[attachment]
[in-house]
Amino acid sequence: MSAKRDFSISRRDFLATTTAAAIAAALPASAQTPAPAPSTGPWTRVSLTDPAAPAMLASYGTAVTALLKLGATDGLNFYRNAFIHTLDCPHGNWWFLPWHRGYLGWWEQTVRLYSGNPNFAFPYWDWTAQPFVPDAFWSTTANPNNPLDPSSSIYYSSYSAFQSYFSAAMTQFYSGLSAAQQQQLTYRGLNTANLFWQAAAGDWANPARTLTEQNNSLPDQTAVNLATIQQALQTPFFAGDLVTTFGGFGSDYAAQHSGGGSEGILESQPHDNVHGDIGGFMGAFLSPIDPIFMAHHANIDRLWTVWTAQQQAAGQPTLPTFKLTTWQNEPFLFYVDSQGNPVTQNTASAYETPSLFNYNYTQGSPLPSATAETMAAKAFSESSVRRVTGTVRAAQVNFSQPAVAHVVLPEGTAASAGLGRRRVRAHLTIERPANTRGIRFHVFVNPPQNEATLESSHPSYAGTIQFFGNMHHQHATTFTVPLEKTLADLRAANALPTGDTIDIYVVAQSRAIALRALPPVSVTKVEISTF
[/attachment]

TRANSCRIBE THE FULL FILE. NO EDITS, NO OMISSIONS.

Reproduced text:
[in-house]
Amino acid sequence: MSAKRDFSISRRDFLATTTAAAIAAALPASAQTPAPAPSTGPWTRVSLTDPAAPAMLASYGTAVTALLKLGATDGLNFYRNAFIHTLDCPHGNWWFLPWHRGYLGWWEQTVRLYSGNPNFAFPYWDWTAQPFVPDAFWSTTANPNNPLDPSSSIYYSSYSAFQSYFSAAMTQFYSGLSAAQQQQLTYRGLNTANLFWQAAAGDWANPARTLTEQNNSLPDQTAVNLATIQQALQTPFFAGDLVTTFGGFGSDYAAQHSGGGSEGILESQPHDNVHGDIGGFMGAFLSPIDPIFMAHHANIDRLWTVWTAQQQAAGQPTLPTFKLTTWQNEPFLFYVDSQGNPVTQNTASAYETPSLFNYNYTQGSPLPSATAETMAAKAFSESSVRRVTGTVRAAQVNFSQPAVAHVVLPEGTAASAGLGRRRVRAHLTIERPANTRGIRFHVFVNPPQNEATLESSHPSYAGTIQFFGNMHHQHATTFTVPLEKTLADLRAANALPTGDTIDIYVVAQSRAIALRALPPVSVTKVEISTF